I am a simple carpenter. No one would believe my story. I wouldn’t believe it had I not lived it.
My father Jacob was a carpenter who trained me to be a carpenter. As a boy, he would tell me the family stories. My favorite was a shepherd who became a king. He said we were related to a famous king. We had royal blood flowing through our veins. My long days in the carpenter shop belied that fact.
I had found the love of my life. I betrothed Mary, and we planned to be married. Then, I heard the street whispers. I could not believe they could be right…until she told me. Mary admitted she was pregnant, but it wasn’t by a man. It was the Holy Spirit. What kind of man could believe that! The news crushed me. I left that night and decided to end our relationship quietly. I did not want to be hurt, and I did not want Mary to face any more ridicule. I needed to put this sad time behind me.
Perhaps I would never marry or have children.
I am a simple carpenter. I like tangible things. I enjoy the feel of the grain of the wood as I run my hand over it. I want things I can touch, feel, and cut. I have always preferred sawdust to theology.
That’s why it was hard when I awoke one night. Was it my imagination? But there stood a messenger. I had never seen an angel and his appearance shivered my spine and focused my attention. He told me Mary told the truth. She was pregnant with someone else’s son. The father is God. It was God’s will, God’s way, God’s plan.
“Don’t be afraid,” was his message. “Mary will have a son, and you are to give him the name Joshua (or in Greek, Jesus) for he will save people from their sins. He is will “God with Us.””
I could not pass my hands over the grain of this revelation like a cypress board. This dream changed all my plans. Mary and I remained betrothed, but I dared not touch her in her state. The months passed quickly. Mary’s womb grew swollen with child. The angel’s message echoed in my soul.
The Roman emperor dictated that we leave our home and travel to my family hometown of Bethlehem. It was a terrible time. Mary had started to groan with pain, but we had no choice. I placed her on the donkey and tried to find the least difficult path to Bethlehem, but the trip was hard for a woman about to give birth.
As we neared the ancient town, it was alive with pilgrims. I knocked on doors and had them slammed in my face. I begged and pleaded, but all space was full. We finally came to what seemed to be the last place on earth. The man was not very sympathetic, but he gave in when he heard the moaning of Mary.
“There’s a cave where I keep the livestock. It’s not much of a place, but there’s straw, and it is out of the cold.”
Here I was, not even able to find a decent place for a child to be born. It was not what I wanted, but it was all we had. I lifted Mary as gently as possible and carried her to the makeshift barn. I spread what little straw there was and tried to find as clean a place as possible. I shooed away the animals from the manger. It was not a suitable crib for a newborn, but it was a necessary one this night.
It was there, on a quiet night in a place Bethlehem ignored, the baby spoken by the angel was born. With a sharp cry, life came to a dark cave.
Little did I know that life came to the entire world that night.
I placed the crying boy in the manger. He was a baby that was not mine but a baby that I was given to raise. I gazed at him as he whimpered and whispered his name, “Jesus.”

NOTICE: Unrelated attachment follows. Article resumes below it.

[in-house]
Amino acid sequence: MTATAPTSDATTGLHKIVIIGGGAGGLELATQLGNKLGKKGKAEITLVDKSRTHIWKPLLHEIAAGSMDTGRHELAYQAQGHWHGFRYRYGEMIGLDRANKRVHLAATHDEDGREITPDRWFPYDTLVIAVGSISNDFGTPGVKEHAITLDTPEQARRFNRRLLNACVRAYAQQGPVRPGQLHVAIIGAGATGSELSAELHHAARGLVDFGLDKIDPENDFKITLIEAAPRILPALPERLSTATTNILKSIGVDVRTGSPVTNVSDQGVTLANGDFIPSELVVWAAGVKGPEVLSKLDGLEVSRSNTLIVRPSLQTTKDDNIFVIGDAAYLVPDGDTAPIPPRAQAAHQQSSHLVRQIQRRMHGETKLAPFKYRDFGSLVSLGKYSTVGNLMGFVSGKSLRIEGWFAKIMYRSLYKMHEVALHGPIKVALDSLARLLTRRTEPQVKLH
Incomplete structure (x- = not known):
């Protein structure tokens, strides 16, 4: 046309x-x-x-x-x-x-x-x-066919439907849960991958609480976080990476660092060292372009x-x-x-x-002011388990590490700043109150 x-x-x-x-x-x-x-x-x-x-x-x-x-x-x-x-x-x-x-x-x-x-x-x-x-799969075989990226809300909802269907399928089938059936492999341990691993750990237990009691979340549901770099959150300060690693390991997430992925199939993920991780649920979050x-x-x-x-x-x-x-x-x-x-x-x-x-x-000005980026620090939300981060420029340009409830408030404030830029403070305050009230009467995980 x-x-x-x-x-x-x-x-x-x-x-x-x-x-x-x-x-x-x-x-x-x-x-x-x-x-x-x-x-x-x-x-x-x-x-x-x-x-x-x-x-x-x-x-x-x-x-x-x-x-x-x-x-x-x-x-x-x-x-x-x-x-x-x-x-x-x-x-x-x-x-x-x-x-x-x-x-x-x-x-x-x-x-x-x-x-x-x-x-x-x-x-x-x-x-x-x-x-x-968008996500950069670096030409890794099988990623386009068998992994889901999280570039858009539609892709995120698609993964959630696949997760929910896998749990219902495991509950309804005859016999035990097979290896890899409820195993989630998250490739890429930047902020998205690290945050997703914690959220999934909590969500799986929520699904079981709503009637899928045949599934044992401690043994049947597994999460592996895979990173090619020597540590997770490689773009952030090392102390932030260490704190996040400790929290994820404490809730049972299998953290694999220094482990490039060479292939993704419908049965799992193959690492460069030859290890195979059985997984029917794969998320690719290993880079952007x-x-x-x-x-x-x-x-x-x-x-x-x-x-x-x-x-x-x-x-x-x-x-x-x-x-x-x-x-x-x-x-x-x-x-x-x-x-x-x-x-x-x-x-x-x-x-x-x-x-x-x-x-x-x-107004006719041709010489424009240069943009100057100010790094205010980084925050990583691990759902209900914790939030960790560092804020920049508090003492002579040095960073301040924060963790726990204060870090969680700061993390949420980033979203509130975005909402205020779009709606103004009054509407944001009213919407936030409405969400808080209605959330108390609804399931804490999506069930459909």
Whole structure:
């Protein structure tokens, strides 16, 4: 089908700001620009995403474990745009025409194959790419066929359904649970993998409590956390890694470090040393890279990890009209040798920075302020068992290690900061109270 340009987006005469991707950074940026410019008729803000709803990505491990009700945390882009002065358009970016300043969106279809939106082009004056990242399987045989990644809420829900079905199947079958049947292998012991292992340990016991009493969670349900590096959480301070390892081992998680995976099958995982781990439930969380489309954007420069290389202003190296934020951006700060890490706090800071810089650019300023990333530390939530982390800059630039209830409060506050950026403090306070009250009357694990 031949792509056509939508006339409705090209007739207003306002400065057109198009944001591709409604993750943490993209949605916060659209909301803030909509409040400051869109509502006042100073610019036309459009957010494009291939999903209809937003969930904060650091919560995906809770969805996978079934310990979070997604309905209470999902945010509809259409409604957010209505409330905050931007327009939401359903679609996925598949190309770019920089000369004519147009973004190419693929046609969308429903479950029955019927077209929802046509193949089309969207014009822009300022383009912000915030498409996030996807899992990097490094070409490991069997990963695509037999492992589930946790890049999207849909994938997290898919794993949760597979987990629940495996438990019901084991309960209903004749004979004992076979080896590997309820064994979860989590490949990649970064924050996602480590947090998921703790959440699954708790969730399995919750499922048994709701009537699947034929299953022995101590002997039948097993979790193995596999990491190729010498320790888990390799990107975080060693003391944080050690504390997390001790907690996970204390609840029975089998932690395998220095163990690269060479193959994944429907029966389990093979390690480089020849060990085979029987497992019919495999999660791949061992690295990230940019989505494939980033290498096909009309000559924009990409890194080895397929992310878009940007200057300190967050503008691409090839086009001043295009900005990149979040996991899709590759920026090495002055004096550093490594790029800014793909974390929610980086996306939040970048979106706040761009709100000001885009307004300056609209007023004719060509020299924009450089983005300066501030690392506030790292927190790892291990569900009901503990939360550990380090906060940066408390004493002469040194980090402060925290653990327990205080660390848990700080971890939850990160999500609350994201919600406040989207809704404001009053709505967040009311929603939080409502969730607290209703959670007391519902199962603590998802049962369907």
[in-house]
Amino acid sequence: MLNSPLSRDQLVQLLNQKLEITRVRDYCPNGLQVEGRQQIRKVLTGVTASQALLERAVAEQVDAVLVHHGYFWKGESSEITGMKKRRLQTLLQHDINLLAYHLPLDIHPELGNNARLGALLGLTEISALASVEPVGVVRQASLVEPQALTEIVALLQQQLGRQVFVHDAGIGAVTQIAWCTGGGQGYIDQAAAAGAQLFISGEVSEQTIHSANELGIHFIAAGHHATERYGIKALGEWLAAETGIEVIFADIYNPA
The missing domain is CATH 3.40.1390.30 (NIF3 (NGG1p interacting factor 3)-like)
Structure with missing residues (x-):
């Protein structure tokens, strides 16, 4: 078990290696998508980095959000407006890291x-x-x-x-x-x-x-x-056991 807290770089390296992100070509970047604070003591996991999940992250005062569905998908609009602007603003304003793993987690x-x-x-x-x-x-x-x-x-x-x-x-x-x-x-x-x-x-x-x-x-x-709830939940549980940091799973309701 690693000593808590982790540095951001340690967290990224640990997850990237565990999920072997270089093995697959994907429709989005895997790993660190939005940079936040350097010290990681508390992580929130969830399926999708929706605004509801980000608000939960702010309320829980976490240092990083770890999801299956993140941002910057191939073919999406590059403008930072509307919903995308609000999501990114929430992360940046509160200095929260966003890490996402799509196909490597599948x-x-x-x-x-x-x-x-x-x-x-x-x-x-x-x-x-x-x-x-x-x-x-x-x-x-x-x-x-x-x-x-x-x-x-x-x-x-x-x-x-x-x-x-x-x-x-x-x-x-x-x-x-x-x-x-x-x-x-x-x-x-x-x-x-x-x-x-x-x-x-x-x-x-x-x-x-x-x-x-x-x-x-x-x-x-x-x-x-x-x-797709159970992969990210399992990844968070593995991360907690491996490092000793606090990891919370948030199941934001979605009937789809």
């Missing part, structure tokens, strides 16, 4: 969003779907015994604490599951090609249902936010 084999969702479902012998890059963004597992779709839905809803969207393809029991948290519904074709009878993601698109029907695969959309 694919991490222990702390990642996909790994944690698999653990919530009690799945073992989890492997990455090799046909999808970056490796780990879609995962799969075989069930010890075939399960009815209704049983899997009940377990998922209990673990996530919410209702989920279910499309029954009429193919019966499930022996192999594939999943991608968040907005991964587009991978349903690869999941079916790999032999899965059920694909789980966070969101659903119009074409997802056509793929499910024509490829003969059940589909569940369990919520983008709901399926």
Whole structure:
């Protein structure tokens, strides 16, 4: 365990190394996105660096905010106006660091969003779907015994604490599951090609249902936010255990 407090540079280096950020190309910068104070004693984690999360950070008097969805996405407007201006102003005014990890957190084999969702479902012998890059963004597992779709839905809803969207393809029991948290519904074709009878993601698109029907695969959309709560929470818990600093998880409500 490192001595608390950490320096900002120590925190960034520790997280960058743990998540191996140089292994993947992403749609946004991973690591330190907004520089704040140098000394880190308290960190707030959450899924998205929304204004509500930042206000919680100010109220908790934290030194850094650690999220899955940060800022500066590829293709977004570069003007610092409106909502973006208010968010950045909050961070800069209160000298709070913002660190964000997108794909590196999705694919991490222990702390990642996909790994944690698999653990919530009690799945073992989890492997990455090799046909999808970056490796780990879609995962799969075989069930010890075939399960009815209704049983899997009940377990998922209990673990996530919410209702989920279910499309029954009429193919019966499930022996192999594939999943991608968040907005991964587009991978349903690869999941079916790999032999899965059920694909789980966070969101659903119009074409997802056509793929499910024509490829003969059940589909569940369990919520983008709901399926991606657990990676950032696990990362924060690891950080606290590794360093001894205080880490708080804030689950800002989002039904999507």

This was not how I envisioned my world.
We fulfilled God’s command at the temple on the eighth day. There our son was circumcised. They asked, “what is his name?” I answered without wavering, “his name is Jesus.”
I did not have much time to ruminate about this new life bestowed by an angel. It wasn’t too many days until the angel returned.
“Leave this country,” he said. “Herod is slaughtering any potential rival who has been born.” I had heard the wails of mothers haunting the darkness. I knew I had to act with haste.
That night, I collected my new family and loaded them on the donkey. We made my way down a dark road headed toward the desert. For two years, I worked odd jobs in Egypt. Once the reports of Herod’s death reached us, I could return home but decided to be careful. We traveled north, east of the Jordan until we came to the sleepy village of Nazareth.
There I could raise my son in safety to serve God.
We made regular journeys for feasts. One Passover, we missed him. We backtracked worriedly hoping for his safety. We heard our son’s 12-year-old voice echo in the temple. He was answering questions of the rabbis who had an amazed look on their faces. He told us he had to be about his father’s business. I knew then, he would never be a carpenter like I was.
I am sorry to say I never got to see him reach maturity. I died leaving Mary with Jesus and the other children we had together. I wish I could have been there and glad that I wasn’t. He opened blind eyes, straightened crippled legs, and raised corpses to life.
But this son I raised was put on a Roman execution cross where he died in pain and humiliation. Why would they kill my son? After all, he name was Jesus or salvation. How can death be saving?
I am a simple carpenter. I want my world real and hard as oak. When I run my calloused hand over my life, I realize God chose me to serve in shadows. He chose me to protect his son. He chose me to raise his son. And his son…and mine saved the world from their sins.
I am a simple carpenter. It took me a while to believe, but I do now. Will you believe it, too?
Merry Christmas from Robert Taylor